Derby brief, but impression indelible for Wright
Mets captain bows out after five Round 1 homers, soaks in Citi's atmosphere
NEW YORK -- As the first half of the season drew to a close on Sunday, Mets manager Terry Collins admitted that his star third baseman was tired. Flying from Pittsburgh to New York late Sunday evening did not help David Wright, who woke up early the following day to participate in All-Star festivities.
So when asked how Wright might fare in the Chevrolet Home Run Derby at Citi Field, Collins hedged his optimism.
"But he doesn't have to prove anything to the people that know him," Collins said. "I just hope he has some fun with it."
Those words proved prophetic. Despite mustering only five home runs to tie for sixth place, Wright received a standing ovation Monday night at Citi Field. It was not enough for him to advance to the second round alongside Oakland's Yoenis Cespedes (the eventual winner), Baltimore's Chris Davis, Washington's Bryce Harper and Colorado's Michael Cuddyer.
"It was awesome," Wright said. "It really, really was awesome. It's what I remember the playoff atmosphere being like in 2006."
As the National League's Derby captain, Wright selected Harper, Cuddyer and Pittsburgh's Pedro Alvarez to participate alongside him. Then Wright, who admitted to being "gassed," watched each of those players outperform him.
Wright fared far better during his Derby debut in 2006, smashing 16 first-round homers and 22 in total to finish second behind Ryan Howard of the Phillies. Despite perennial All-Star appearances, he swore off the Derby in subsequent years, before jumping at the chance to serve as NL captain in his home park.
"What a great atmosphere," Wright said. "That's what I'm going to take away from this."
Heading into the night, Wright understood the perils of his Derby assignment better than anyone. Citi Field has always been tough on right-handed hitters, despite recent changes to its outfield dimensions. And Wright did not come close to leaving the yard on many of his swings, popping up several balls to shallow left and center field.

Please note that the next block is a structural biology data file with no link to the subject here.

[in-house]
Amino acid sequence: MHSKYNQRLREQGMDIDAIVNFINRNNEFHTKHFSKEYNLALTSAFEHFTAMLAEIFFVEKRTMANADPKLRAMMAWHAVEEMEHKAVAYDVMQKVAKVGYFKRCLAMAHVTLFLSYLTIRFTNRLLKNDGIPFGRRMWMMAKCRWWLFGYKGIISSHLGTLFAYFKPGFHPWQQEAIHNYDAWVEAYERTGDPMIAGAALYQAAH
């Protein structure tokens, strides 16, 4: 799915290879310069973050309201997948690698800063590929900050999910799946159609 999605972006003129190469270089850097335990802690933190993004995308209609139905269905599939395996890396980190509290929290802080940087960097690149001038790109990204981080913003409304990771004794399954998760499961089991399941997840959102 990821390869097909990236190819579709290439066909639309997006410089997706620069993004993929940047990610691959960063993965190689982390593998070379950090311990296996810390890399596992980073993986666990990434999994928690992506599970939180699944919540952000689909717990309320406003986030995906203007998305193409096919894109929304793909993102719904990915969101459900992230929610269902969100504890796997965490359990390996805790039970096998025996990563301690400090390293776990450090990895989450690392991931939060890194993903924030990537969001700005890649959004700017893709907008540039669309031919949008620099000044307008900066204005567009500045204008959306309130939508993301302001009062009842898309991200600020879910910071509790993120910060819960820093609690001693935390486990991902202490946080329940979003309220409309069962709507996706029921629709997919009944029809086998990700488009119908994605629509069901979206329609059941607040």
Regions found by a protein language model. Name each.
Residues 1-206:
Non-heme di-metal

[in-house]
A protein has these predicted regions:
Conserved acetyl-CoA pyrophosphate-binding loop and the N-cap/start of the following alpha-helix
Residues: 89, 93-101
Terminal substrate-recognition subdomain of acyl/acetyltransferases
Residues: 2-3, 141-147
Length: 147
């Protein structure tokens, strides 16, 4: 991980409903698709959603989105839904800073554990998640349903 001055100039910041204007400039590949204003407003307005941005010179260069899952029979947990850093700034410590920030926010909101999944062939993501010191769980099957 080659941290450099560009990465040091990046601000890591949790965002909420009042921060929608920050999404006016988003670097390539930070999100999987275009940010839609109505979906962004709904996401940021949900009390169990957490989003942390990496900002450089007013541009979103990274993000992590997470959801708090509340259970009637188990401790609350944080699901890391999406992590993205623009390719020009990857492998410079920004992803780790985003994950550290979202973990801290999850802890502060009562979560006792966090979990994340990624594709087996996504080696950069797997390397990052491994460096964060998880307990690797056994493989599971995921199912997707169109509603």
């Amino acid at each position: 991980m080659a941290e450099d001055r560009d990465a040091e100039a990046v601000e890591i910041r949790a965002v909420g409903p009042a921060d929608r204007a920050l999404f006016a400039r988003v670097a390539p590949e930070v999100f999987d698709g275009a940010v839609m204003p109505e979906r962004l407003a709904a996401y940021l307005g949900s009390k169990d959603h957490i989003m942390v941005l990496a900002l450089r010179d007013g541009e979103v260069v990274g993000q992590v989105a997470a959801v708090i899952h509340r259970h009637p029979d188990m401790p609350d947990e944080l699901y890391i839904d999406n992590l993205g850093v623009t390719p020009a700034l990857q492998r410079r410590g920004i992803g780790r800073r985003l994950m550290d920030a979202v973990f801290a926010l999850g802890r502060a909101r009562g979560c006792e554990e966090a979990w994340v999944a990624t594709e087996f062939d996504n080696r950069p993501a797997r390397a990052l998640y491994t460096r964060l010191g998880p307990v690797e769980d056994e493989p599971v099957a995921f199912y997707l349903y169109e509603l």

The popular landing spot for his five homers was the first deck in left -- two decks shy of where Cespedes and Cuddyer, the only other right-handed hitters in the competition, parked quite a few of their shots. Wright averaged 396.6 feet on his home runs, according to MLB.com data, with his longest traveling 403 feet.
So count him among those amazed by Cespedes, whose 32 home runs over three rounds included a 455-foot blast to straightaway center to win it.
"I think that everybody put on a pretty good show," Wright said. "We fell a little short. It's a little disappointing, but I'll tell you what -- that atmosphere was awesome, and that's going to be something that I'll always remember."
Though Cespedes earned the loudest cheers at the end, Wright was the early beneficiary of Citi Field's love. He compared it to his only playoff experience in 2006, when Shea Stadium rocked on a nightly basis.
"The thing I'll take away from this is just the atmosphere, the crowd, the ovation I got," Wright said. "That was really, really, really cool. That just gets me even more excited about tomorrow, and gets me even more excited about when we become that playoff contender."
Tuesday's All-Star Game should provide one final burst of excitement for Wright, before two days of much-needed rest. This has been a whirlwind few weeks for the slugger, and a unique time as well -- for Wright, the Derby may end up being a twice-in-a-lifetime experience.
"The question is whether I will ever be asked to do it again, and the answer to that would probably be no," Wright said, laughing. "So I might go out on my own terms and officially retire."